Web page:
In another part of Storybrooke, Emma and Hook are trying to figure out who or what left an icy trail through the center of town. They track it down to the warehouse where Elsa, who followed them through the time portal, is trying to hide out. Frightened and confused, Elsa creates an ice monster that chases Hook and Emma out of the warehouse and then heads out into the forest where Robin and Marian just happen to be. Hook and Emma show up and face off against the creature, with Hook suggesting Emma use her powers to take it down. That doesn’t work and only serves to piss it off more, making it lash out and knock out everyone but Marian. Suddenly Regina appears on the scene (it’s not explained why she just happens to be in that part of the forest) and just when we’re lead to believe she’ll let the creature kill Marian, she uses her powers to save Marian, Robin, Hook, and Emma, and defeat the monster. Marian admits Regina might not be evil anymore, and Regina proves she’s not after Marian after all when she tells The Mirror that she wants to find out who wrote the book and make them change it so that the villains and not just the good guys are capable of getting their happy endings.
Speaking of the good guys, season three seemed to indicate Hook and Emma’s relationship has been taken to a new level. However, Emma’s still putting Hook off, even tossing in a joke about wanting to go home and see what’s on Netflix (a reference Hook doesn’t get). Emma’s feeling guilty over ruining Regina’s life, but she gently kisses Hook and tells him to be patient. She walks away and Hook says, “I have all the time in the world unless another monster appears and kills me.”
As Emma, Regina, and Hook deal with the ice monster, Belle and Rumple are dancing the day away (in a very Beauty and the Beast-ish moment) at a house which mysteriously appeared and so far hasn’t been claimed by any Storybrooke resident. Earlier in the day Rumple had paid a visit to Neal’s grave and told him that being a father made him feel like a man, and that he was proud of the example Neal set and would try to live up to his memory. “Your heroism has showed me the way. I promise I’ll spend my life repaying you for that,” says Rumple while kneeling at Neal’s grave. He also promises to give Belle the real dagger, which he actually does at the mysterious house. However, he’s not done using its power and waves it over a gold, jeweled box which he recognized immediately but didn’t tell Belle about. In an interesting twist that will likely find another character introduced into the world of Storybrooke very soon, the Sorcerer’s Apprentice hat appears after Rumple does his little bit of dagger magic.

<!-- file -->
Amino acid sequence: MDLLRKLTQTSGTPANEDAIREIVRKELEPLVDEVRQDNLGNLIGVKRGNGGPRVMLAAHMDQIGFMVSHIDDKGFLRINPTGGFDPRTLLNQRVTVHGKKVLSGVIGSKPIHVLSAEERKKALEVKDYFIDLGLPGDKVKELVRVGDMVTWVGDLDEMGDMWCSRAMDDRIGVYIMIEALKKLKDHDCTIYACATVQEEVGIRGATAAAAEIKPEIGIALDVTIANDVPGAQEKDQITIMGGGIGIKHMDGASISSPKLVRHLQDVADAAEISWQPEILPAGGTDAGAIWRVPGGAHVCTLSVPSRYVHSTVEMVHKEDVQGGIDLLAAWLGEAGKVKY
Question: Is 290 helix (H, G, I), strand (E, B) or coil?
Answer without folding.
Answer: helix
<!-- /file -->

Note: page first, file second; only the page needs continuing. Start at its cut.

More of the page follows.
Back at the warehouse, Elsa finds a newspaper with a picture of Belle and Rumple on the front page. Looking closer, she notices the necklace she gave her sister is in Rumple’s shop. She breaks in and sees it sitting on the counter. How it got there isn’t explained but Elsa has to be very suspicious of this town and its residents.
The Bottom Line:
Not everyone is sold on a season featuring Frozen characters, but episode one proved they fit nicely within the world created by Edward Kitsis and Adam Horowitz. Elsa’s powers were brought to life with first-rate CGI and even the troll looked better than CGI normally looks in the show. The ice monster was a little cheesy, but fortunately it wasn’t alive long enough to drag the episode down.
Episode one set a lot of storylines for this season in motion, with Elsa now upset over her sister’s necklace being in Rumple’s shop and ready to get to the bottom of that mystery. The writers didn’t take the easy way out and make Regina (Lana Parrilla) full-on evil again and instead gave her a new enemy to target that shouldn’t put her directly at odds with Emma (Jennifer Morrison) and Hook (Colin O’Donoghue). The relationship between Hook and Emma is taking tiny baby steps forward which is a bit frustrating after everything they went through last season, but Emma’s at least indicating there’s a chance their relationship will blossom. And with the introduction of the Sorcerer’s Apprentice hat, there’s a new element of the season four story to be told that won’t be directly tied to the Frozen characters.
Overall, season four’s “A Tale of Two Sisters” accomplished what it was meant to, setting up the season while introducing just enough new elements to keep the show fresh.
-By Rebecca Murray